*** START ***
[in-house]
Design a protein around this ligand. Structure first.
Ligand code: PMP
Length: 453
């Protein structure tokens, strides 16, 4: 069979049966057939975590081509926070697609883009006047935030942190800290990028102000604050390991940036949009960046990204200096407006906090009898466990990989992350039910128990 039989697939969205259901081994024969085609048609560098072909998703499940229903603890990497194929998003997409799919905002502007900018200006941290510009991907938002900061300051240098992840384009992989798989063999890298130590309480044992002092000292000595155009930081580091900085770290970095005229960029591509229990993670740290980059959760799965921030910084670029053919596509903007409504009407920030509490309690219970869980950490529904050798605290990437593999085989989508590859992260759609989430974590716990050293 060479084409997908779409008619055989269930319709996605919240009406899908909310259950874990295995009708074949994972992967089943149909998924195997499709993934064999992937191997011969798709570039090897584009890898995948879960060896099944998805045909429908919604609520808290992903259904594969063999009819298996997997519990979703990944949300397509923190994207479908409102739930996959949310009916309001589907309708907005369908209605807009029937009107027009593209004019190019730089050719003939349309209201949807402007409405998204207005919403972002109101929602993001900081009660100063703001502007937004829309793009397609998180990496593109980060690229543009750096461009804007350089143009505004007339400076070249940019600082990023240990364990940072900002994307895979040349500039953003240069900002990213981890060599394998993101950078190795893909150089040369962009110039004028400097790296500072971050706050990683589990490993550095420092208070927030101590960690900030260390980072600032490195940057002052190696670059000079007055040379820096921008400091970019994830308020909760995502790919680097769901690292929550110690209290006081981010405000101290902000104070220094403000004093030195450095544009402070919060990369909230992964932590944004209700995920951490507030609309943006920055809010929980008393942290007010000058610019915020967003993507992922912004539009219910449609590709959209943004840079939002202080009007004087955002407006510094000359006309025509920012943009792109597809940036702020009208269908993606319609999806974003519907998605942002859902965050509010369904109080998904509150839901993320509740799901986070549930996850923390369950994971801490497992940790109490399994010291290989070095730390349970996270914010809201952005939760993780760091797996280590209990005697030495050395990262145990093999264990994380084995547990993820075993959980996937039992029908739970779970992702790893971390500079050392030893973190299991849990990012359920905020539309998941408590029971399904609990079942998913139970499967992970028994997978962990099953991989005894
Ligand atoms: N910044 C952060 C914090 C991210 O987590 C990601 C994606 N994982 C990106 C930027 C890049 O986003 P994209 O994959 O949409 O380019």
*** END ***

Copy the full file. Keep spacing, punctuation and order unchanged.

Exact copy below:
[in-house]
Design a protein around this ligand. Structure first.
Ligand code: PMP
Length: 453
């Protein structure tokens, strides 16, 4: 069979049966057939975590081509926070697609883009006047935030942190800290990028102000604050390991940036949009960046990204200096407006906090009898466990990989992350039910128990 039989697939969205259901081994024969085609048609560098072909998703499940229903603890990497194929998003997409799919905002502007900018200006941290510009991907938002900061300051240098992840384009992989798989063999890298130590309480044992002092000292000595155009930081580091900085770290970095005229960029591509229990993670740290980059959760799965921030910084670029053919596509903007409504009407920030509490309690219970869980950490529904050798605290990437593999085989989508590859992260759609989430974590716990050293 060479084409997908779409008619055989269930319709996605919240009406899908909310259950874990295995009708074949994972992967089943149909998924195997499709993934064999992937191997011969798709570039090897584009890898995948879960060896099944998805045909429908919604609520808290992903259904594969063999009819298996997997519990979703990944949300397509923190994207479908409102739930996959949310009916309001589907309708907005369908209605807009029937009107027009593209004019190019730089050719003939349309209201949807402007409405998204207005919403972002109101929602993001900081009660100063703001502007937004829309793009397609998180990496593109980060690229543009750096461009804007350089143009505004007339400076070249940019600082990023240990364990940072900002994307895979040349500039953003240069900002990213981890060599394998993101950078190795893909150089040369962009110039004028400097790296500072971050706050990683589990490993550095420092208070927030101590960690900030260390980072600032490195940057002052190696670059000079007055040379820096921008400091970019994830308020909760995502790919680097769901690292929550110690209290006081981010405000101290902000104070220094403000004093030195450095544009402070919060990369909230992964932590944004209700995920951490507030609309943006920055809010929980008393942290007010000058610019915020967003993507992922912004539009219910449609590709959209943004840079939002202080009007004087955002407006510094000359006309025509920012943009792109597809940036702020009208269908993606319609999806974003519907998605942002859902965050509010369904109080998904509150839901993320509740799901986070549930996850923390369950994971801490497992940790109490399994010291290989070095730390349970996270914010809201952005939760993780760091797996280590209990005697030495050395990262145990093999264990994380084995547990993820075993959980996937039992029908739970779970992702790893971390500079050392030893973190299991849990990012359920905020539309998941408590029971399904609990079942998913139970499967992970028994997978962990099953991989005894
Ligand atoms: N910044 C952060 C914090 C991210 O987590 C990601 C994606 N994982 C990106 C930027 C890049 O986003 P994209 O994959 O949409 O380019």